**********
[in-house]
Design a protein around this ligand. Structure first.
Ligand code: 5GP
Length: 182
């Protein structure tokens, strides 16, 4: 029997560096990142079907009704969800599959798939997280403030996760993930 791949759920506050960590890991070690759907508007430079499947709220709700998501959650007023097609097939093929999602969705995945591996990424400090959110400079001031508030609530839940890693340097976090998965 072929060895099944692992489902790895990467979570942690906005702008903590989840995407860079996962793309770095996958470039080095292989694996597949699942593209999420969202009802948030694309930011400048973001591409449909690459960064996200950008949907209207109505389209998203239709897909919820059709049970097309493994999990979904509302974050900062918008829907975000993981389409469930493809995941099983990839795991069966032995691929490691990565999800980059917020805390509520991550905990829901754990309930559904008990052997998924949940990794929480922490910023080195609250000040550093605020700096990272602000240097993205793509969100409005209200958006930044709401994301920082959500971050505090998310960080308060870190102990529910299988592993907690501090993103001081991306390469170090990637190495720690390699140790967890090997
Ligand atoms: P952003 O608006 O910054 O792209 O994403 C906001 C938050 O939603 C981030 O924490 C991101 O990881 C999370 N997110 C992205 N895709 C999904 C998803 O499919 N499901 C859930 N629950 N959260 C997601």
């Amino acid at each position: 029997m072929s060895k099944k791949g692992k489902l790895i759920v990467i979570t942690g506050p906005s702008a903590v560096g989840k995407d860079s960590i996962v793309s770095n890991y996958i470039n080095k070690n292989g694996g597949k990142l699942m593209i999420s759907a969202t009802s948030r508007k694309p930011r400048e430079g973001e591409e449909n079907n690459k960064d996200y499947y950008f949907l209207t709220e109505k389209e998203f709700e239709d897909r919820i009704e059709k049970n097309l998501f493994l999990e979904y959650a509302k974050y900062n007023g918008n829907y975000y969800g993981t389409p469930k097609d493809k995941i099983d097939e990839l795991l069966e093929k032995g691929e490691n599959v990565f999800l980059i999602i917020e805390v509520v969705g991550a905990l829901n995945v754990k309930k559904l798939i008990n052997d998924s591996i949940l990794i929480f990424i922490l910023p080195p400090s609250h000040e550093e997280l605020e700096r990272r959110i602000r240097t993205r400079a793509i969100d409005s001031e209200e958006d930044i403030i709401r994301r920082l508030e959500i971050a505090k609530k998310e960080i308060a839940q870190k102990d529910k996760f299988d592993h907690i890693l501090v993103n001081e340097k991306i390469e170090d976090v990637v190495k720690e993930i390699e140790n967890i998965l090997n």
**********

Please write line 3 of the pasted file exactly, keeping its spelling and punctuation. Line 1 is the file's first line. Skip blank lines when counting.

Ligand code: 5GP